Skip to main content

MAREK v. GOING (2001)

Reset A A Font size: Print

Appellate Court of Connecticut.

Lisa MAREK v. Wayne GOING.

No. 20936.

Decided: October 30, 2001

Before SCHALLER, FLYNN and EDWARD Y. O'CONNELL, Js. Brian W. Prucker, for the appellant (plaintiff). Todd W. Whitford, Ellington, with whom, on the brief, was Jack G. Steigelfest, Hartford, for the appellee (defendant).

In this negligence action,1 the plaintiff appeals from the judgment, rendered following a jury trial, in favor of the defendant. The plaintiff claims that  the trial court improperly failed to instruct the jury on (1) the duty owed to a helpless person and (2) the duty owed to a person over whom the defendant had assumed control.   We affirm the judgment of the trial court.

The jury reasonably could have found the following facts.   It was a dark and stormy night.   It had been snowing since noon, and all the principals in this scenario, some of whom had been drinking alcoholic beverages, were gathered in the defendant's residence.   At about 10 p.m., the defendant went outside to resume clearing the snow from his driveway with a backhoe equipped with a bucket loader.   When the plaintiff came out of the house, she saw the defendant, her boyfriend at the time, in the cab of the backhoe with another woman.   She failed to observe that another person, a male, was also in the cab.   The plaintiff became jealous and upset and ran out into the snow wearing only a T-shirt, jeans and sneakers.

The plaintiff planted herself in front of the defendant's moving backhoe, forcing him to bring it to a stop.   The defendant shouted to her to get out of the way, but instead she stepped into the bucket that was positioned about six inches above the ground.   The plaintiff was shouting obscenities at the defendant because she was angry with him, and he was shouting at her to get out of the bucket.   She refused to do so.   In an effort to get her to leave the bucket, the defendant slowly raised it about three feet and then lowered it to the ground while continuing to yell at her to get out.   The defendant raised and lowered the bucket three times, each one higher than the preceding time, but each time then lowered it back to the ground to give the plaintiff an opportunity to step out.   When the bucket eventually reached about six feet in the air and was motionless, the plaintiff either jumped or fell from the side of it, sustaining the injuries that are the subject of this action.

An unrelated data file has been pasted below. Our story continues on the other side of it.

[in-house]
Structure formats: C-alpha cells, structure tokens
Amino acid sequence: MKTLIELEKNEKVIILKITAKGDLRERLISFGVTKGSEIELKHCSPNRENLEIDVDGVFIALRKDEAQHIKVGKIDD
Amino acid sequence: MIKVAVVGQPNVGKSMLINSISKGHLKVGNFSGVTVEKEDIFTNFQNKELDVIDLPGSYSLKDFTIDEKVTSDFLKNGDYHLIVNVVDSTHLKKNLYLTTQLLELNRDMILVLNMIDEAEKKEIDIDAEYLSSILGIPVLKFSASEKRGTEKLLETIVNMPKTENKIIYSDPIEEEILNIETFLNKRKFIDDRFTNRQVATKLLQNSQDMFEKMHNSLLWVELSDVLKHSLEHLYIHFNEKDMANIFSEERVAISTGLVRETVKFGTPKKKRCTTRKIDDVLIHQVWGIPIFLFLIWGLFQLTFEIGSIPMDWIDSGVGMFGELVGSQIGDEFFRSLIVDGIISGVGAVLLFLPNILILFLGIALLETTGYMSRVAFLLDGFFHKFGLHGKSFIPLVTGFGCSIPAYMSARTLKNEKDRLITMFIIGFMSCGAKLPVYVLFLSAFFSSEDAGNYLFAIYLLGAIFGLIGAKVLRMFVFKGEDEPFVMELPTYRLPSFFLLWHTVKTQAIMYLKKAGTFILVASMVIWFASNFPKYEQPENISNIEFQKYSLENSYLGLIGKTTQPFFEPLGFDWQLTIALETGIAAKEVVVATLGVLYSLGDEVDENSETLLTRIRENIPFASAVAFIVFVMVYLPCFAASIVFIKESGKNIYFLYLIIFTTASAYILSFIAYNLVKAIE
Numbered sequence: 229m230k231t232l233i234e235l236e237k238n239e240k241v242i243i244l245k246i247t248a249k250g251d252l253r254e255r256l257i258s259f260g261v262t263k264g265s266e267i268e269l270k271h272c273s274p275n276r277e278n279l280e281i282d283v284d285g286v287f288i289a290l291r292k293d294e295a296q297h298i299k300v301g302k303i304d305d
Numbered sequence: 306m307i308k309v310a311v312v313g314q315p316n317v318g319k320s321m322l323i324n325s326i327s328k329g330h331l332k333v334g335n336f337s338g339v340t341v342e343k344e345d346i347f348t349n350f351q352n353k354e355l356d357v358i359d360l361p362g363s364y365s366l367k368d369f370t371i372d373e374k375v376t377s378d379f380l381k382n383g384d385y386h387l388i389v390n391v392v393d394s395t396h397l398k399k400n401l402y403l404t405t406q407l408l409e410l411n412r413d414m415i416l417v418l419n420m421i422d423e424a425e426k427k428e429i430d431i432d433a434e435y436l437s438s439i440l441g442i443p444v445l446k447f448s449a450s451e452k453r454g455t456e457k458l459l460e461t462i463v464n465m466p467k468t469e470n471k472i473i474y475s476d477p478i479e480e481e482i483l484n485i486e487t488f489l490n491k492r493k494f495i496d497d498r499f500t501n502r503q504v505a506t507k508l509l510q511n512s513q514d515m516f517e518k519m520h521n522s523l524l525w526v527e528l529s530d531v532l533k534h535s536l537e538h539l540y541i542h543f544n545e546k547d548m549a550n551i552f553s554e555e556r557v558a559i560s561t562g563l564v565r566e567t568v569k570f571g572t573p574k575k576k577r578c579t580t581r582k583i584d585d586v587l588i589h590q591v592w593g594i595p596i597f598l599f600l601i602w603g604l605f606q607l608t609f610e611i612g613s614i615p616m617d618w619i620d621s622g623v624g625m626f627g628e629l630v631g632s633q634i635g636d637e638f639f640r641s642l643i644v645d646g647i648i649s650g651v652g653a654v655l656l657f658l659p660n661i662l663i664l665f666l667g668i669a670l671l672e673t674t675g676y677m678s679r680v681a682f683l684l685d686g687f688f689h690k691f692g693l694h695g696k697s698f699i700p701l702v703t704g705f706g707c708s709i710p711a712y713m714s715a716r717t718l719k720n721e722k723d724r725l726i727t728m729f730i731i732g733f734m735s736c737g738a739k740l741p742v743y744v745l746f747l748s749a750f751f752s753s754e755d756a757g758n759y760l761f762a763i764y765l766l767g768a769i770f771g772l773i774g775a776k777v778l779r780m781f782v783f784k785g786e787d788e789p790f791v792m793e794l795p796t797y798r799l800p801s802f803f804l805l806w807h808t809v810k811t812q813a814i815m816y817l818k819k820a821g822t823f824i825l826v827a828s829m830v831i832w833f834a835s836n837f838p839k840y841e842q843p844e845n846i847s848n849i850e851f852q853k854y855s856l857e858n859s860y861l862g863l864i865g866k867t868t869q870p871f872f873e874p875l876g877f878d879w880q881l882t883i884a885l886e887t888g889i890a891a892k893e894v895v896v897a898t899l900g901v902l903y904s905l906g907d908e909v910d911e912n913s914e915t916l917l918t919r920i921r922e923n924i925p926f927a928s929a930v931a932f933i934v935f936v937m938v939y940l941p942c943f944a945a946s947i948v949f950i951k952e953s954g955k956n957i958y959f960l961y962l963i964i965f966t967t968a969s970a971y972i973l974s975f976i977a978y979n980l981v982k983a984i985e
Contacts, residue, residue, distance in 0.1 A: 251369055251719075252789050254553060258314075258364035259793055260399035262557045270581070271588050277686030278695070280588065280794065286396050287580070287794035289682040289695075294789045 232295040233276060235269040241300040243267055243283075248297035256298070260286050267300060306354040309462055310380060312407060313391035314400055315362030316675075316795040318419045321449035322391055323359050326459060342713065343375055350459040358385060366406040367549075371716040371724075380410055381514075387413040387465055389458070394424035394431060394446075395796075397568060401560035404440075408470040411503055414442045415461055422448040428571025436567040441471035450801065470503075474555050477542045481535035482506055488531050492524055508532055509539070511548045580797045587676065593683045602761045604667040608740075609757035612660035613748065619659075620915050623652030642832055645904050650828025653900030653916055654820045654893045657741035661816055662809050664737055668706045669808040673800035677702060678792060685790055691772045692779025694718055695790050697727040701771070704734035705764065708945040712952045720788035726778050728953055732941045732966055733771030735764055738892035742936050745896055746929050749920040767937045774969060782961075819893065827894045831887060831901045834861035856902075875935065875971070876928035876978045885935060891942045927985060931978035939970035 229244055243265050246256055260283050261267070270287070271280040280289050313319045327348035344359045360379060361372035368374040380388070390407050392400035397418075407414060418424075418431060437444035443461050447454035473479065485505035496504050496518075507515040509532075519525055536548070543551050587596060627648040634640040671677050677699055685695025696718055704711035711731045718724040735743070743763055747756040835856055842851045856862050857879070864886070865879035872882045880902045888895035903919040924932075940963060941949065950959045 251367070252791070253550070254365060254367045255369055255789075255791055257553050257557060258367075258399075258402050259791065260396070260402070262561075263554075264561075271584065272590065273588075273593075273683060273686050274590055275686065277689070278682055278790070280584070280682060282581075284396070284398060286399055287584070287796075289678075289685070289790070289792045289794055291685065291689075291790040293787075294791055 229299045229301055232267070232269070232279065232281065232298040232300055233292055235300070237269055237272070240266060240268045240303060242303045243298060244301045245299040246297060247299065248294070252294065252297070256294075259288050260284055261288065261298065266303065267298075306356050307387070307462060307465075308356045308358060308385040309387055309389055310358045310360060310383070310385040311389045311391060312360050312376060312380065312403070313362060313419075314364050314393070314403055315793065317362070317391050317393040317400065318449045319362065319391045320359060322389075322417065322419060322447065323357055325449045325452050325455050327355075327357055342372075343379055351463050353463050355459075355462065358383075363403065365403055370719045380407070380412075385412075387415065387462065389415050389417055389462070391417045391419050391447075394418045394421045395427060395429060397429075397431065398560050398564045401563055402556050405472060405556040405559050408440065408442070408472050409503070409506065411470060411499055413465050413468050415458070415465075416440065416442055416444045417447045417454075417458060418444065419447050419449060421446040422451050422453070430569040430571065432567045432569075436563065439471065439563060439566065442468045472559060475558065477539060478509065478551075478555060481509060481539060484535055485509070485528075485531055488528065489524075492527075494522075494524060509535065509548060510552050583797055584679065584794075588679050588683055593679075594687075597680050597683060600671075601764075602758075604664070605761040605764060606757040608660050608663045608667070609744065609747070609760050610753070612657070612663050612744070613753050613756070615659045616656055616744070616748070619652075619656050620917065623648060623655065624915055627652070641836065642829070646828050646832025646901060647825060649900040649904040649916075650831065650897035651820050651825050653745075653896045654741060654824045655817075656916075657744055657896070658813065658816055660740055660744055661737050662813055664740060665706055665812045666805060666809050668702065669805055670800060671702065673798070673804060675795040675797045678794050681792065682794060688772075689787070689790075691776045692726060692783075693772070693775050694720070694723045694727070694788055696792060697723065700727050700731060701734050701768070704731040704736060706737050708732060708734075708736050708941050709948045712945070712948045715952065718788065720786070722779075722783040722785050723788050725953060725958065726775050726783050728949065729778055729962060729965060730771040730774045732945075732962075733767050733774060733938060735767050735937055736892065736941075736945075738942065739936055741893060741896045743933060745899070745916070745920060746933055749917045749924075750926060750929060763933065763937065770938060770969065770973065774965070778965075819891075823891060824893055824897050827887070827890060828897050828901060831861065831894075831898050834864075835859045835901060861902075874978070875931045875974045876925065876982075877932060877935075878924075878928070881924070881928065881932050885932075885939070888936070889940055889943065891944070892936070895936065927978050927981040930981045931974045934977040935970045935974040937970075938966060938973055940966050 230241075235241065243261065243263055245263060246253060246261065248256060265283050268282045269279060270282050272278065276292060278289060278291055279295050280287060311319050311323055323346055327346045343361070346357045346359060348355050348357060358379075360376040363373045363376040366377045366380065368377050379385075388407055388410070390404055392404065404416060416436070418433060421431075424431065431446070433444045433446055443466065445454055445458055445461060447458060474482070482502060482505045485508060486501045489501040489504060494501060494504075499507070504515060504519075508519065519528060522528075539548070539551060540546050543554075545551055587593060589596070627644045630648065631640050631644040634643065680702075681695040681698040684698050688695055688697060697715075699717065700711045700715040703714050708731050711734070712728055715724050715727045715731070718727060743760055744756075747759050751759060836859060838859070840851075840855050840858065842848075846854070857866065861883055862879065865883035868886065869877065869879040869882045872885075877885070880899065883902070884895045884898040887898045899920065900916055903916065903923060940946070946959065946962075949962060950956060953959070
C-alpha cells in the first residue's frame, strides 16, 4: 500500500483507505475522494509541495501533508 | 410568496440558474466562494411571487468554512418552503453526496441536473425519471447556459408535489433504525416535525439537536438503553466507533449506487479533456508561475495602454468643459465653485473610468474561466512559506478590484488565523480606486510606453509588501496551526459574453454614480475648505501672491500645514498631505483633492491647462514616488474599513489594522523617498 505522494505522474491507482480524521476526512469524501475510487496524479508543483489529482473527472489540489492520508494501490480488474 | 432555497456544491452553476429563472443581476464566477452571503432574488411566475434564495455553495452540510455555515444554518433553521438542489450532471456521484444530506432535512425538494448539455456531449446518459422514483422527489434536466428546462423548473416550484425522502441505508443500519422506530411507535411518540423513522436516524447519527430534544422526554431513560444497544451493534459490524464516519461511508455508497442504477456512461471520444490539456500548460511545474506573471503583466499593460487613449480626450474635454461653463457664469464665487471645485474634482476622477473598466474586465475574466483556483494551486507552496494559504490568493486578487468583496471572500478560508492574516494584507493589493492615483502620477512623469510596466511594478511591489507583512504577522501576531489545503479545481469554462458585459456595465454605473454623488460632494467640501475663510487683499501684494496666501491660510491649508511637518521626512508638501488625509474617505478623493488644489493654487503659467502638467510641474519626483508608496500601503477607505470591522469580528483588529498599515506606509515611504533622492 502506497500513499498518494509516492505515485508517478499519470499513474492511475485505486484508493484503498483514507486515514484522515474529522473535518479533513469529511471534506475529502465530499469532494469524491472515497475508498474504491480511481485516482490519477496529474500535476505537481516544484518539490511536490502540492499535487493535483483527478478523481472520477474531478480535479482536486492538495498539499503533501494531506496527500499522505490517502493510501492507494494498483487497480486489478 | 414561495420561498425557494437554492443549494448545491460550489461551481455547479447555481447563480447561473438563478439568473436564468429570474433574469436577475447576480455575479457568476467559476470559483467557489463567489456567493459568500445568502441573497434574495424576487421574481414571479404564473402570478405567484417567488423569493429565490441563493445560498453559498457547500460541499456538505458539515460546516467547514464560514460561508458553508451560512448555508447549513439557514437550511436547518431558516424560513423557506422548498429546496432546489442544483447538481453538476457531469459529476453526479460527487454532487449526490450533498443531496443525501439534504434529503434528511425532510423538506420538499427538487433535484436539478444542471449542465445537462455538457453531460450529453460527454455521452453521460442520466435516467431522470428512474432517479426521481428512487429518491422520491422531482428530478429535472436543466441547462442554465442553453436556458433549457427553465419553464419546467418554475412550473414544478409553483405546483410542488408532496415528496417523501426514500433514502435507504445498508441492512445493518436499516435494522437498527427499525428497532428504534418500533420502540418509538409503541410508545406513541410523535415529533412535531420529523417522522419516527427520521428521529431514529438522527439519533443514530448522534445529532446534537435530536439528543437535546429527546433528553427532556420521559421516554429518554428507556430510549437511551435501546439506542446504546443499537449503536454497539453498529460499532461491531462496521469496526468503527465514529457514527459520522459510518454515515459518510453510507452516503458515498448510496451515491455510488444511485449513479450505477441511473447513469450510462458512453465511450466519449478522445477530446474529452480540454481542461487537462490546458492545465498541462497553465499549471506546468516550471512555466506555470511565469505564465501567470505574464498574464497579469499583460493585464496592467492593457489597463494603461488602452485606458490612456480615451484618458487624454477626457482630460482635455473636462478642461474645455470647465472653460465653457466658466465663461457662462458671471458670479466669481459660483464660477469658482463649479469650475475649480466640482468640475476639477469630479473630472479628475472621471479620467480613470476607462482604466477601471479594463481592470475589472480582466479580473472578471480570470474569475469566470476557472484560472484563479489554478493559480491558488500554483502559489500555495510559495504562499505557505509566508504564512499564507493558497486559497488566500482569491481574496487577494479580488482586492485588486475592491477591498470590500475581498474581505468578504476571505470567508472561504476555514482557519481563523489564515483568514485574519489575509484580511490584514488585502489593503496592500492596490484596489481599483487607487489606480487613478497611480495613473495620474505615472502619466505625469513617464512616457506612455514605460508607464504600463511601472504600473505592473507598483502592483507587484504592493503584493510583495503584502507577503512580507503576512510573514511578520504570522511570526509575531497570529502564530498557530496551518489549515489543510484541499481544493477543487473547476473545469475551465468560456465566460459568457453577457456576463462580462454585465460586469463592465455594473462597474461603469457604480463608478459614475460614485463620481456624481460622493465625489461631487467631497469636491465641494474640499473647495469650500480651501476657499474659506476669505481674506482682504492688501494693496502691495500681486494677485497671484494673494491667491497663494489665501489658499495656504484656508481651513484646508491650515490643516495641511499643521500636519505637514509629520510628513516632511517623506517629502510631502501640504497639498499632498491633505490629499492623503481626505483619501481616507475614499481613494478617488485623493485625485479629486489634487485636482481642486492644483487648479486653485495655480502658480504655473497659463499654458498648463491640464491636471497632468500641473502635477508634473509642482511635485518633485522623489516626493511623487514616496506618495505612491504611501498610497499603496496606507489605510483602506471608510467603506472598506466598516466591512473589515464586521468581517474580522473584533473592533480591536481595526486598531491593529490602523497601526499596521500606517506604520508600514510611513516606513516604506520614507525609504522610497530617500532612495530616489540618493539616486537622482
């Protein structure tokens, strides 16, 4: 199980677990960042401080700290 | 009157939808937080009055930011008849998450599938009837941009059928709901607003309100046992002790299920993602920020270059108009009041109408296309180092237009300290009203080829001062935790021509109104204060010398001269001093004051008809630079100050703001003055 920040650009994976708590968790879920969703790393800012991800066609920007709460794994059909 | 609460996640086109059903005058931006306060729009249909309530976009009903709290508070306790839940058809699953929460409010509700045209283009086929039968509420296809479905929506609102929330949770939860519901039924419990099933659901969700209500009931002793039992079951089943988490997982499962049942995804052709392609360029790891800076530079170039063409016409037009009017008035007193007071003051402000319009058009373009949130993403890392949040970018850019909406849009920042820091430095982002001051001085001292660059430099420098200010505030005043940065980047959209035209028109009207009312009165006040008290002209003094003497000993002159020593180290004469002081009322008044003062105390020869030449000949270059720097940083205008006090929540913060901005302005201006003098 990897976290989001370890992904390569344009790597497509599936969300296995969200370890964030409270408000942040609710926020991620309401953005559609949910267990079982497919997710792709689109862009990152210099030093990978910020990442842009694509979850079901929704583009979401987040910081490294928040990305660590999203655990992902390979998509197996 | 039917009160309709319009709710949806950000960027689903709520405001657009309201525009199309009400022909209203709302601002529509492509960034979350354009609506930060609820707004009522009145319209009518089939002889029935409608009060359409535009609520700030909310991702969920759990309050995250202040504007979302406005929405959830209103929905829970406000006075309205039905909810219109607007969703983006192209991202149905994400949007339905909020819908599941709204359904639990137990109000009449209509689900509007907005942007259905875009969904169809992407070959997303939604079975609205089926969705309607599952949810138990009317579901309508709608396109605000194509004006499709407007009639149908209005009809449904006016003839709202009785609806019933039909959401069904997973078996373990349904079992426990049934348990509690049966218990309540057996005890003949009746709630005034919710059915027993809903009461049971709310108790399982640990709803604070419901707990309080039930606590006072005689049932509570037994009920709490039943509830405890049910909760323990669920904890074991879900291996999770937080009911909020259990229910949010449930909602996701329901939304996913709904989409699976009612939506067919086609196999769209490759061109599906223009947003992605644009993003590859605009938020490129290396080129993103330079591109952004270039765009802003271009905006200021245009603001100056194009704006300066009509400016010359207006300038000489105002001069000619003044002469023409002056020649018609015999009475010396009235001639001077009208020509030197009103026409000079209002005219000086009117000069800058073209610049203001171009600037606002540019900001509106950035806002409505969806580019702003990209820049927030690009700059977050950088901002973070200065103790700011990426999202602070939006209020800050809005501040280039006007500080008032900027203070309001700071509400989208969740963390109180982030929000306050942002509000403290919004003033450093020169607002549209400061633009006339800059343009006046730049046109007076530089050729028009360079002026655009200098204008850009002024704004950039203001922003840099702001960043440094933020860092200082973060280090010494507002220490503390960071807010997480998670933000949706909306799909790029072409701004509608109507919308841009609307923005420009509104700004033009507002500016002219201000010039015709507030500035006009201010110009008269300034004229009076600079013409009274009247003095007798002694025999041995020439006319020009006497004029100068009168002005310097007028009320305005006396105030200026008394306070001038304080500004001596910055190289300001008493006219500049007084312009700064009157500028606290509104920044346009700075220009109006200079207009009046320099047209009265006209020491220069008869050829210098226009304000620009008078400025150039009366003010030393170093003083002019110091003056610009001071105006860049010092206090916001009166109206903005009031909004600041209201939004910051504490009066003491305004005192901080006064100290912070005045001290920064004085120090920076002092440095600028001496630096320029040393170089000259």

At trial, the plaintiff filed written requests that the court instruct the jury pursuant to 2 Restatement (Second), Torts §§ 324 2 and 314A 3 (1965).   The court denied both requests and instructed the jury on conventional negligence and comparative negligence.   The jury found the defendant 45 percent negligent and the plaintiff 55 percent negligent and, accordingly, returned a defendant's verdict.   Additional facts are included in the analysis of the following issues.


 Section 324  4 of the Restatement (Second) recites the obligations of a person who takes charge of a helpless individual.   The plaintiff relies heavily on Coville v. Liberty Mutual Ins. Co., 57 Conn.App. 275, 748 A.2d 875, cert. granted, 253 Conn. 919, 755 A.2d 213 (2000) (appeal withdrawn March 30, 2001).5  On appeal, the plaintiff argues that she was a “helpless” person because she was intoxicated and compares her circumstances to those of the plaintiff in Coville, who was found to be helpless because of intoxication.   There is a vast difference between the condition of the plaintiff in Coville and the plaintiff's condition in this case.   In Coville, the plaintiff had consumed alcohol to the point of being semiconscious and completely unable to care for herself.  Id., at 277, 748 A.2d 875.   At a hospital emergency room,6 the Coville plaintiff was found to have a blood alcohol content of 0.38 percent.7

In the present case, although there was evidence that the plaintiff had consumed alcohol, there was no evidence that she was semiconscious or in any other way helpless.   To the contrary, the plaintiff herself testified that she was not intoxicated at the time. It is disingenuous for the plaintiff to testify that she was not intoxicated and then claim the benefit of a rule that would assist her only if she was intoxicated to the point of helplessness.   In oral argument before this court, the plaintiff's counsel frequently referred to the plaintiff as being impaired, as opposed to referring to her as being intoxicated.8  He also conceded that the evidence did not show that she was intoxicated, but only that she had consumed six beers over the period of five hours.   The evidence does not support a conclusion that the plaintiff was helpless due to intoxication.